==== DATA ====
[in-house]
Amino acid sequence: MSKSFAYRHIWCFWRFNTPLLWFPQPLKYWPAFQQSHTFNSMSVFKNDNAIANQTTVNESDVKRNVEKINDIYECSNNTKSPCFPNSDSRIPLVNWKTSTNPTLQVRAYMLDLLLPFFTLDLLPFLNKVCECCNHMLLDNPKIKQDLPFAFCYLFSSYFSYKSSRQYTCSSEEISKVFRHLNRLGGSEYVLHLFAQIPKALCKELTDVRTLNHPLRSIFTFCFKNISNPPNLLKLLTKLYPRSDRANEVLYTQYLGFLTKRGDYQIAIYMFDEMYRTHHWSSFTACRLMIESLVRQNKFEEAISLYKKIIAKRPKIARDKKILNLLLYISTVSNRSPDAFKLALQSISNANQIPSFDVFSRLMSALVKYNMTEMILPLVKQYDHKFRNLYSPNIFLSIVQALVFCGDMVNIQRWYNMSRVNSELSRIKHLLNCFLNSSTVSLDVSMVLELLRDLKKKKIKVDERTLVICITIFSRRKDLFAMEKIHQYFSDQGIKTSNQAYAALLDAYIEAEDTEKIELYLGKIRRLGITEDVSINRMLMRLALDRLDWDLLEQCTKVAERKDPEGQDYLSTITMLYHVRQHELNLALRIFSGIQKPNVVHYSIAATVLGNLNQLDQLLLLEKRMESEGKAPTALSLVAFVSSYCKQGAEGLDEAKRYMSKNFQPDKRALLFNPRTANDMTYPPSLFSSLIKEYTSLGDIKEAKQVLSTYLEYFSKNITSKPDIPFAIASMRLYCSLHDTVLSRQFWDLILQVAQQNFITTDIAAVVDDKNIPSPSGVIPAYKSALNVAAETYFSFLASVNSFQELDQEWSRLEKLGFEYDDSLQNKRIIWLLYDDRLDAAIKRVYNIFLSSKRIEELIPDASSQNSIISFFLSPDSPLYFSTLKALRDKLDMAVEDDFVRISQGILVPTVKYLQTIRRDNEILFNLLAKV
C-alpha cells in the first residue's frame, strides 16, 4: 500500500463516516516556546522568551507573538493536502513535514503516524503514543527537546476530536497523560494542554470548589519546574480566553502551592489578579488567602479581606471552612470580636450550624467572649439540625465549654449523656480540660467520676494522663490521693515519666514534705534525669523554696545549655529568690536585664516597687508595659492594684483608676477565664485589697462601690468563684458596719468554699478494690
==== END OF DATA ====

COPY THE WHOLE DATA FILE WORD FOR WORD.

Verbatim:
[in-house]
Amino acid sequence: MSKSFAYRHIWCFWRFNTPLLWFPQPLKYWPAFQQSHTFNSMSVFKNDNAIANQTTVNESDVKRNVEKINDIYECSNNTKSPCFPNSDSRIPLVNWKTSTNPTLQVRAYMLDLLLPFFTLDLLPFLNKVCECCNHMLLDNPKIKQDLPFAFCYLFSSYFSYKSSRQYTCSSEEISKVFRHLNRLGGSEYVLHLFAQIPKALCKELTDVRTLNHPLRSIFTFCFKNISNPPNLLKLLTKLYPRSDRANEVLYTQYLGFLTKRGDYQIAIYMFDEMYRTHHWSSFTACRLMIESLVRQNKFEEAISLYKKIIAKRPKIARDKKILNLLLYISTVSNRSPDAFKLALQSISNANQIPSFDVFSRLMSALVKYNMTEMILPLVKQYDHKFRNLYSPNIFLSIVQALVFCGDMVNIQRWYNMSRVNSELSRIKHLLNCFLNSSTVSLDVSMVLELLRDLKKKKIKVDERTLVICITIFSRRKDLFAMEKIHQYFSDQGIKTSNQAYAALLDAYIEAEDTEKIELYLGKIRRLGITEDVSINRMLMRLALDRLDWDLLEQCTKVAERKDPEGQDYLSTITMLYHVRQHELNLALRIFSGIQKPNVVHYSIAATVLGNLNQLDQLLLLEKRMESEGKAPTALSLVAFVSSYCKQGAEGLDEAKRYMSKNFQPDKRALLFNPRTANDMTYPPSLFSSLIKEYTSLGDIKEAKQVLSTYLEYFSKNITSKPDIPFAIASMRLYCSLHDTVLSRQFWDLILQVAQQNFITTDIAAVVDDKNIPSPSGVIPAYKSALNVAAETYFSFLASVNSFQELDQEWSRLEKLGFEYDDSLQNKRIIWLLYDDRLDAAIKRVYNIFLSSKRIEELIPDASSQNSIISFFLSPDSPLYFSTLKALRDKLDMAVEDDFVRISQGILVPTVKYLQTIRRDNEILFNLLAKV
C-alpha cells in the first residue's frame, strides 16, 4: 500500500463516516516556546522568551507573538493536502513535514503516524503514543527537546476530536497523560494542554470548589519546574480566553502551592489578579488567602479581606471552612470580636450550624467572649439540625465549654449523656480540660467520676494522663490521693515519666514534705534525669523554696545549655529568690536585664516597687508595659492594684483608676477565664485589697462601690468563684458596719468554699478494690